Trump’s Economic Nationalism Confounds Free Market Purists
Throughout his campaign Donald Trump promised to bring jobs back to America and to put America and its workforce first in all Presidential considerations. His negotiations this last week with Ford and Carrier in Indiana suggest that he is fully committed to the policies on which he campaigned. This is good news for the Broad Right, especially when placed alongside his Cincinnati speech, also this last week, when he doubled down on his promise to build the wall with Mexico.
It seems reasonable to assume that he intends to stand firm on all his campaign promises and does not intend to be a ‘read my lips’ politician. Trump’s moderate nationalism may not be ideological and it may not satisfy those on the racial Right, but it is going to be pretty uncompromising on what he has pledged to his supporters at every rally.
There are theoretical arguments for unrestricted free global trade and anyone who has ever listened to Walter Williams will be familiar with them. His argument for allowing Nation States like China to dump their steel in America at a loss sounds good. American car manufacturing companies get Chinese steel subsidized by Chinese workers so why complain? One negative is that American steel workers lose their jobs unless they toil for wages lower than the economically exploited and politically oppressed Chinese steel workers.
Well, one could say its winners and losers. American car workers win and American steel workers lose. But there is a bigger negative when other political consequences are considered. America without a steel industry, compelled to buy steel from China, would have a defense industry dependent on a rival and a possible future enemy. Some industries, once worker skills are lost and factories of machinery closed, cannot be resurrected quickly – if at all. What if we stopped making our own nuclear weapons and relied on Russia for cheap alternatives? What may be good theoretical economics may soon amount to a loss of National independence.
Extreme positions are always dangerous in both politics and economics and we might tolerate China dumping Christmas decorations through Walmart on the basis that out-of-work American decorations workers will get jobs on Walmart check-outs.
Adam Smith’s teaching cannot be dismissed as irrelevant but he was living in a different world when Great Britain had few industrial rivals and the rulers of foreign nations generally were not powerful enough to use their industries to weaken their British rival. The world has moved on and theories have to be adapted. A Nation State that wishes to be militarily and economically strong cannot afford to let many of its key industries be put out of business or lose the ability to feed itself in an international crisis.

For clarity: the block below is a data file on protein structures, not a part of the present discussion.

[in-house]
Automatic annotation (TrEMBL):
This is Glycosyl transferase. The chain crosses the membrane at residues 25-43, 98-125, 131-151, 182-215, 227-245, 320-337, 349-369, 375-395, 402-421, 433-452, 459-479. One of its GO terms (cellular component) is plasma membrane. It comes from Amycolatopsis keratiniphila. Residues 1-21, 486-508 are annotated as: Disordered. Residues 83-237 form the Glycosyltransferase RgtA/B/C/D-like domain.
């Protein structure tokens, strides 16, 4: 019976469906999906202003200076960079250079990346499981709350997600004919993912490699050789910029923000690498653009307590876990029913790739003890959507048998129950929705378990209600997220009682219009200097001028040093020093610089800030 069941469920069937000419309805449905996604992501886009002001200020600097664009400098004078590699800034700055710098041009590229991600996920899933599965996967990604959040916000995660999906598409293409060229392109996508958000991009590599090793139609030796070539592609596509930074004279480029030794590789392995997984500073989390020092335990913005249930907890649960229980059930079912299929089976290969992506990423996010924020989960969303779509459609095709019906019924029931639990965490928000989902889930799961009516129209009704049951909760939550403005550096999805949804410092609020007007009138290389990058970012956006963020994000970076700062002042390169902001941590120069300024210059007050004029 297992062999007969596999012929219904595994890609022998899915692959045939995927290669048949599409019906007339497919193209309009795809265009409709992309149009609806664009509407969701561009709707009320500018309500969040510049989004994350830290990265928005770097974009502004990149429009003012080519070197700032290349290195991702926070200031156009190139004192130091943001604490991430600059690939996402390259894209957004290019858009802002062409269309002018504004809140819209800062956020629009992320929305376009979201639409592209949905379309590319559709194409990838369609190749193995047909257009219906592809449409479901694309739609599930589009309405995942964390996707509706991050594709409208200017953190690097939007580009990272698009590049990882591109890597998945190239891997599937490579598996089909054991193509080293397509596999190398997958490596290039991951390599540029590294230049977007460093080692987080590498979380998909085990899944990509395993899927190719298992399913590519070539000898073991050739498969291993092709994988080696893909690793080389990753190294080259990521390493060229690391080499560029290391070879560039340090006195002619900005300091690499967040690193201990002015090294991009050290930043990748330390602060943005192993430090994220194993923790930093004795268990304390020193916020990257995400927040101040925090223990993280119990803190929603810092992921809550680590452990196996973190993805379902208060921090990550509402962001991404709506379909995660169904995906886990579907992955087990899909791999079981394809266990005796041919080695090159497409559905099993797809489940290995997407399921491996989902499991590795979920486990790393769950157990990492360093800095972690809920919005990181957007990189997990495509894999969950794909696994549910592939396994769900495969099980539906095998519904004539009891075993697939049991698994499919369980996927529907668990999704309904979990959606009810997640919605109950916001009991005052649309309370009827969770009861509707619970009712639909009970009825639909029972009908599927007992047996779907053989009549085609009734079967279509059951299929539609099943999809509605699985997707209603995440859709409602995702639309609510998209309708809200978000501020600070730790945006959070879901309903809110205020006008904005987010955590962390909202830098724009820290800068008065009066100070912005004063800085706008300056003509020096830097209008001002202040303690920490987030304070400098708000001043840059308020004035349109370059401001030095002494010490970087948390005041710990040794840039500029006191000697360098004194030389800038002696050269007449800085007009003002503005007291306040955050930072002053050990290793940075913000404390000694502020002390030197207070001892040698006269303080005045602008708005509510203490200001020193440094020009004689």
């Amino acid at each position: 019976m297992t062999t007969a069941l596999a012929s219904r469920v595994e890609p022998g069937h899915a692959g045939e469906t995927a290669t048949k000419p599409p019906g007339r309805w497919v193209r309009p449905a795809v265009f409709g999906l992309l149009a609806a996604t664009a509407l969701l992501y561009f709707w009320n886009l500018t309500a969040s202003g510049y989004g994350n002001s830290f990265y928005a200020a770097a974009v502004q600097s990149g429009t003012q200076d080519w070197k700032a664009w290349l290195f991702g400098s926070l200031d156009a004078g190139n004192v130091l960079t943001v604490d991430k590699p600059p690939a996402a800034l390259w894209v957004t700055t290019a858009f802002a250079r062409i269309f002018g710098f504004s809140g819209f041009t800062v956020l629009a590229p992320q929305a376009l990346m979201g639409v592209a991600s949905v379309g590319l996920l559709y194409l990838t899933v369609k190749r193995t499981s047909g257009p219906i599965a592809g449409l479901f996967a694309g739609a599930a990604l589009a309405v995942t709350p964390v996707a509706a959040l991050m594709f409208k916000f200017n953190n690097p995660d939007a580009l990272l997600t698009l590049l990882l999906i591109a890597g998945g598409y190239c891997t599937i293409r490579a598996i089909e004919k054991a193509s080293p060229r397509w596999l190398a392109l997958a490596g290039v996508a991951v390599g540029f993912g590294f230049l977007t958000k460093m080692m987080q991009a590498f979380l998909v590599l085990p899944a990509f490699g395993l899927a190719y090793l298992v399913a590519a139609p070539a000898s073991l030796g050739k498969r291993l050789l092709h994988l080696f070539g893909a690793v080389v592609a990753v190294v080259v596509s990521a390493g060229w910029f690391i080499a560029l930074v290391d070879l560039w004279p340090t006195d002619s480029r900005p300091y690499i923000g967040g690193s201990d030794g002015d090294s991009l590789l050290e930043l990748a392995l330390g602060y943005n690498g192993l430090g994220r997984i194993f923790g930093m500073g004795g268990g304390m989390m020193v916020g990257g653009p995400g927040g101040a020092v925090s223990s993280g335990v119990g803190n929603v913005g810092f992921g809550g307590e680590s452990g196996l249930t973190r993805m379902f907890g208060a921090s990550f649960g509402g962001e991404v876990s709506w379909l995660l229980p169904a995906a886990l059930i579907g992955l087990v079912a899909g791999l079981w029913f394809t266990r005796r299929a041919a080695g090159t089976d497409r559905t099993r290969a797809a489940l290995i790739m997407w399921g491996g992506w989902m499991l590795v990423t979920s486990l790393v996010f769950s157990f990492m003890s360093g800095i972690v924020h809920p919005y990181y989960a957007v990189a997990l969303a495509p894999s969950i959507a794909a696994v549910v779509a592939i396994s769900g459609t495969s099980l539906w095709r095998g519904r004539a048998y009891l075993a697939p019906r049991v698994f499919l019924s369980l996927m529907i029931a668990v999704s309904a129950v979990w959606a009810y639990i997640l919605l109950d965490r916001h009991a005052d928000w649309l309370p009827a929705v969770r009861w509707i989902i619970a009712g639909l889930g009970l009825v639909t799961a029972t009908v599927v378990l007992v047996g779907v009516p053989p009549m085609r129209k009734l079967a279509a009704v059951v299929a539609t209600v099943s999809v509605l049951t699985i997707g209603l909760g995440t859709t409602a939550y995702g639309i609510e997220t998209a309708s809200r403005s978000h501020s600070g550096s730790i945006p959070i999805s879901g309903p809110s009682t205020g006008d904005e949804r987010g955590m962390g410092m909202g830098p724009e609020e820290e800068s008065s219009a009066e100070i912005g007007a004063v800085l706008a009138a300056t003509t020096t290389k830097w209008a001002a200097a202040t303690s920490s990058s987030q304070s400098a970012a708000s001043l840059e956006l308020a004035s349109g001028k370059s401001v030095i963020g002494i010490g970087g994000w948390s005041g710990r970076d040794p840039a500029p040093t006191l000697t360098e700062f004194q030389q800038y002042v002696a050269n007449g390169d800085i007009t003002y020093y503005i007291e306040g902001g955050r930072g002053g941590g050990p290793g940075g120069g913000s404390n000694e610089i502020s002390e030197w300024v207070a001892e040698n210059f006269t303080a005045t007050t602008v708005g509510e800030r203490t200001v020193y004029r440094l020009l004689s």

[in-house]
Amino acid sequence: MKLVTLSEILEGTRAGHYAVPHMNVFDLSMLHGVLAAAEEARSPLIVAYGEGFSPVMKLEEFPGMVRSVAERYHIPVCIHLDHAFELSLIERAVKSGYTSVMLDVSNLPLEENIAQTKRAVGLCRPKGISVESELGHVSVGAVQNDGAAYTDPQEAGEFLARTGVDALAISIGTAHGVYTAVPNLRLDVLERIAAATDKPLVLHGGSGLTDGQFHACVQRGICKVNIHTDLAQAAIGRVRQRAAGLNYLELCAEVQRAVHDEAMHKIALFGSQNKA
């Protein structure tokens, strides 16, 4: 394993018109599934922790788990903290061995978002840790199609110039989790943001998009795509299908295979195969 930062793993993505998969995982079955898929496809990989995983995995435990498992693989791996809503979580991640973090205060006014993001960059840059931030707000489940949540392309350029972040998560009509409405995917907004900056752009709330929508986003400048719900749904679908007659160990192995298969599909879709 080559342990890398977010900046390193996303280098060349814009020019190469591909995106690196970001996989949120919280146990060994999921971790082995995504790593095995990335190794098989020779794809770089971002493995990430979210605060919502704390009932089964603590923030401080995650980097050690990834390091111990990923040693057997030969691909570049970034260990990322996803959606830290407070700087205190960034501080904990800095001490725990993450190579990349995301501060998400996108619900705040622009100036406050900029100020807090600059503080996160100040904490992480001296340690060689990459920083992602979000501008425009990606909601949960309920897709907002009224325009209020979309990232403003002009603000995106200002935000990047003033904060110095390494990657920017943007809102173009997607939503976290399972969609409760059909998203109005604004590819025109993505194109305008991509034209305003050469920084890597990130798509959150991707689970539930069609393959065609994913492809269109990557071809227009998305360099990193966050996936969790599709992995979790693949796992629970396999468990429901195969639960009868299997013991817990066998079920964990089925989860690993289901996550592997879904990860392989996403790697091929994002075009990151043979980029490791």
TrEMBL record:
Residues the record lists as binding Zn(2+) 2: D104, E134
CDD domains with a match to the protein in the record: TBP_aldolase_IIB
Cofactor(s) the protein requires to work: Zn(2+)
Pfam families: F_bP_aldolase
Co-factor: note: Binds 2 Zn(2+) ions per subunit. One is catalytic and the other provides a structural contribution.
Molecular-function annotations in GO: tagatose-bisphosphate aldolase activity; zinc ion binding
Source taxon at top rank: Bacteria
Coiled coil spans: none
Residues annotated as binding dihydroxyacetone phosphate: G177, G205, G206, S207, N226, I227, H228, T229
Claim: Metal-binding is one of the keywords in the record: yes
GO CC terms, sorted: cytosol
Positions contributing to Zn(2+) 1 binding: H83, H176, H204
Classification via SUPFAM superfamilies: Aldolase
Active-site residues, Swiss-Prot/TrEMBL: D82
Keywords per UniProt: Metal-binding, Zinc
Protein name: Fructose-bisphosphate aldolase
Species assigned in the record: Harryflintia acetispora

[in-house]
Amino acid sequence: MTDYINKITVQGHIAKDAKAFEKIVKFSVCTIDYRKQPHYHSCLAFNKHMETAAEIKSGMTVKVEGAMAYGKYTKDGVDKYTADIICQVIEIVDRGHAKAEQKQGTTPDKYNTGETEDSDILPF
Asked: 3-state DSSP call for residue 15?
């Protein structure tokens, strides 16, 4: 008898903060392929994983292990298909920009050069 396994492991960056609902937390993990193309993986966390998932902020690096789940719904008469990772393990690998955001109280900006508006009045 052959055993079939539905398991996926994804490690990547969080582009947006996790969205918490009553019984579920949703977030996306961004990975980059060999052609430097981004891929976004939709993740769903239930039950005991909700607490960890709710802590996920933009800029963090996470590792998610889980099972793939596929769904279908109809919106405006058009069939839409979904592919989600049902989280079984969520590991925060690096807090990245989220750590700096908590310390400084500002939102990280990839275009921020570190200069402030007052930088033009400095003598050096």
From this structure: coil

Trump is right – as a Moderate Nationalist – to use in moderation government to protect American industries and American workers. This is not the same as protecting industries that have become inefficient and uncompetitive through slipping into the grip of politicized unions. The fully unionized British car makers and port workers of the 1960’s, whose employers were as craven as those American employers who now submit to the homosexual militants, were prime examples of industries deserving no government protection.
Economic conservative critics of Trump’s Indiana interventions have a point when they warn against Government picking business winners and losers. But at this point in time, Trump is not the President but a politician who is still – thanks to Jill Stein and her sinister and wealthy Internationalist financiers – fighting an election. The Carrier decision was a splendid propaganda coup for Trump the campaigning politician, and evidence of his tactical skills, ability to pursue many objectives simultaneously and upstage a sitting President.
If and when Trump exercises Presidential powers, he will be limited by the Constitution, Congress, his own Cabinet, and his responsibilities for the economy as President. At that point we will see Trump the Moderate Nationalist in action. Instead of dealing with fleeing industries by personal intervention, he will be able to regenerate the business and industrial landscape of America by helpful tax policies and the scrapping of the bureaucratic stranglehold that Obama and previous Administrations have built to weaken American free enterprise.
Meanwhile, Jill Stein, supported by shadowy members of the new Ruling Class, is about to shop around for a Far Left Federal judge, who will ‘legalize’ her campaign to endlessly postpone or set aside, the legal result of the election of Donald Trump. She should have no difficulty finding a Federal judge who believes in ‘Revolutionary justice’ for Obama has been packing the Federal Courts with Far Leftists just as he has packed the Department of Justice. The scandal is that over the eight years of his Presidential purging of the Federal Courts the Republicans in Congress have been silent.
It is still the opinion of this website that those promoting Stein’s antics, the violent street protests and the Sanctuary movement, are well aware that a civil war is likely to result. It is a risk they will take rather than allow their Revolution to be reversed.
One of the most reassuring aspects of the emerging Trump cabinet – apart from the appointments of resolute ex-military leaders who may soon be needed to crush Far Left violence – is the stature of most of them. Mike Pence has already proved to be much more than the usual inept and colorless VP. Trump is delegating real authority to him. The Cabinet will be made up of confident, successful people of action. Trump is confident in his own abilities and not fearful of being surrounded by strong characters. We need not fear a weak and ineffectual Administration or one of boot-lickers unwilling to counsel a moderate nationalist President.